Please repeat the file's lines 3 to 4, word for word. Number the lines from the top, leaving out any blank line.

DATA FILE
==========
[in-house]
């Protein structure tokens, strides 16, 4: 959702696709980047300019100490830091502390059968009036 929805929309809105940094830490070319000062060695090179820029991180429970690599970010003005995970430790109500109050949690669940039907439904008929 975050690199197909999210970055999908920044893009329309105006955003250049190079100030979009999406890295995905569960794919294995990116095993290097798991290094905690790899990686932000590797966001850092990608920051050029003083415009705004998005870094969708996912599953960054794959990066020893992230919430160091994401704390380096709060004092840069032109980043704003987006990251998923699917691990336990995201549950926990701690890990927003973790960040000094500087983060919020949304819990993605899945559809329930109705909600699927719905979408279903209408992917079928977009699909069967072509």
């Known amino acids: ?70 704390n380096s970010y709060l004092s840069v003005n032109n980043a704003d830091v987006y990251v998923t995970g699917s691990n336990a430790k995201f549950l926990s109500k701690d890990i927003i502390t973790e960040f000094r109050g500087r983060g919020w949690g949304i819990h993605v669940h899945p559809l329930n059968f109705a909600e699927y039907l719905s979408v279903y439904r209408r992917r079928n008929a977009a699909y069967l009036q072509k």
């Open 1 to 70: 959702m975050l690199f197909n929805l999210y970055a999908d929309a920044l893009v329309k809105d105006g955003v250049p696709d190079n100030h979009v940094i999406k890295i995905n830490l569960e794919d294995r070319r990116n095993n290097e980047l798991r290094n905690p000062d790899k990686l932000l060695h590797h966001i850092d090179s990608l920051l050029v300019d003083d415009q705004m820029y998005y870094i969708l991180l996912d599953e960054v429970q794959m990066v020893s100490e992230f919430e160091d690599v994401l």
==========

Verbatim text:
């Known amino acids: ?70 704390n380096s970010y709060l004092s840069v003005n032109n980043a704003d830091v987006y990251v998923t995970g699917s691990n336990a430790k995201f549950l926990s109500k701690d890990i927003i502390t973790e960040f000094r109050g500087r983060g919020w949690g949304i819990h993605v669940h899945p559809l329930n059968f109705a909600e699927y039907l719905s979408v279903y439904r209408r992917r079928n008929a977009a699909y069967l009036q072509k």
């Open 1 to 70: 959702m975050l690199f197909n929805l999210y970055a999908d929309a920044l893009v329309k809105d105006g955003v250049p696709d190079n100030h979009v940094i999406k890295i995905n830490l569960e794919d294995r070319r990116n095993n290097e980047l798991r290094n905690p000062d790899k990686l932000l060695h590797h966001i850092d090179s990608l920051l050029v300019d003083d415009q705004m820029y998005y870094i969708l991180l996912d599953e960054v429970q794959m990066v020893s100490e992230f919430e160091d690599v994401l």